- Burger King Finland launched a marketing campaign featuring Ronald McDonald and the Burger King kissing.
- The fast food chain unveiled the posters last week for Helsinki Pride.
- This isn’t the first time Burger King has used its rival in adverting campaigns. In 2018, customers could get a Whopper for just $0.01 – if they went within 600 feet of a McDonald’s.
- Despite the new campaign, Burger King has come under fire this year for LGBTQ discrimination.
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Burger King last week unveiled a poster ahead of Finland’s Pride celebrations — and passers-by may have been startled to see it bearing the mascot of its biggest rival, McDonalds.
Posters and billboard signs throughout Finland featured the Burger King, the chain’s mascot, kissing Ronald McDonald. Together, their heads form a heart shape next to the name of the artwork, “Love Conquers All.”
Burger King launched the campaign as the sponsor of Helsinki Pride Week, which the country pushed back from June to September because of the pandemic.
“Burger King has always stood for equality, love and everyone’s right to be just the way they are,” Kaisa Kasila, Burger King Finland’s brand manager, said in a release. “We thought, what better way to convey our values than by portraying an all-encompassing kiss between Burger King and McDonald?”
This isn’t the first time Burger King has used its rival in marketing campaigns.
In December 2018, Burger King promoted its revamped app by launching a deal where customers could get a Whopper for just $0.01 – if they went within 600 feet of a McDonald’s. And this July, Burger King Finland offered customers free delivery if they ordered their food to a McDonald’s restaurant – and placed adverts for this outside McDonald’s restaurants.
Though Burger King’s chief marketing officer dismissed claims that it targeted the golden arches, in February the burger chain launched adverts featuring a moldy Whopper to show that it contains no artificial preservatives. Social media users were quick to compare this to the long shelf life of McDonalds’ food – a McDonald’s hamburger and fries have remained on display in Iceland since its last restaurant in the country closed in 2009, and are still mold-free more than 10 years later.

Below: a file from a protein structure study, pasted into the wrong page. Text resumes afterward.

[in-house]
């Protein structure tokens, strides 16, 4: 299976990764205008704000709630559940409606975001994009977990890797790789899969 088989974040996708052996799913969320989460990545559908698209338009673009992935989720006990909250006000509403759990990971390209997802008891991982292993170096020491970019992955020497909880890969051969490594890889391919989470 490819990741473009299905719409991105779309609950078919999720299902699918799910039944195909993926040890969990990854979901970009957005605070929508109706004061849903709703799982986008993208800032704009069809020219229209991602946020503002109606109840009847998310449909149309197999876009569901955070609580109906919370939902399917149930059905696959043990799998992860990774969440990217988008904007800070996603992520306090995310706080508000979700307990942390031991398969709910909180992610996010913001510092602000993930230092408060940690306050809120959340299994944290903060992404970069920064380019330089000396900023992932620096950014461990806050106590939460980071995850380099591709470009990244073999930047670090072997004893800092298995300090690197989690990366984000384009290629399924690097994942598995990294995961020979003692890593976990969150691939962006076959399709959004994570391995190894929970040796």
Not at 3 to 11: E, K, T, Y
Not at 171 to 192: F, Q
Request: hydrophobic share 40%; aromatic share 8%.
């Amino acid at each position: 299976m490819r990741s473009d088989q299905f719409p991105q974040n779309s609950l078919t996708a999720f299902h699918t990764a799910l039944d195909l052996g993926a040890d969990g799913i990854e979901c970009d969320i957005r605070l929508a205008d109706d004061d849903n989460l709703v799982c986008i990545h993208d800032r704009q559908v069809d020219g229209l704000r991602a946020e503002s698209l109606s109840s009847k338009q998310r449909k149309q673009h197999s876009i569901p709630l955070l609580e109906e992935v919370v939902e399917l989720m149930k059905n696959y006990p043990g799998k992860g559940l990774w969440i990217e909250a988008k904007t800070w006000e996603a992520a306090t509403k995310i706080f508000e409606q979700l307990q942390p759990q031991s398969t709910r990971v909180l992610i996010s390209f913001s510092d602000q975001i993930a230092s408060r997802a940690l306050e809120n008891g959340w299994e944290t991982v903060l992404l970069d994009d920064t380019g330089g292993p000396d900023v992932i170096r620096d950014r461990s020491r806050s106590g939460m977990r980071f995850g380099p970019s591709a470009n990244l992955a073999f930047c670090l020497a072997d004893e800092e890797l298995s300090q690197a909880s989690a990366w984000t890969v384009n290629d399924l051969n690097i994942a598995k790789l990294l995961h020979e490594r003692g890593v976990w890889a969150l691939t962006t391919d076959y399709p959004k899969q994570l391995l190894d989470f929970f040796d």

Earlier this year, Burger King in Mexico temporarily renamed itself Burger Queer on social media for the country’s Pride. In 2014 one store also sold a limited edition “Proud” Whopper to celebrate San Francisco Pride – though hundreds of people criticized the move on social media and vowed to boycott the chain.
Despite these moves, Burger King has come under fire this year for LGBTQ discrimination.
A transgender Burger King employee in California died from COVID-19 in July after working at the restaurant with severe symptoms, and colleagues say management blamed her death on “injecting hormones.” Employees at the store went on strike, with one filed a complaint saying that “Burger King blamed her sexuality instead of COVID-19 as the cause of her death.”
In February, a Burger King employee filed a discrimination complaint against a store in Washington, D.C., claiming her manager repeatedly harassed her because of her sexual orientation. This led to her developing severe mental health problems after the issue continued even after she formally reported it to the Burger King district manager.
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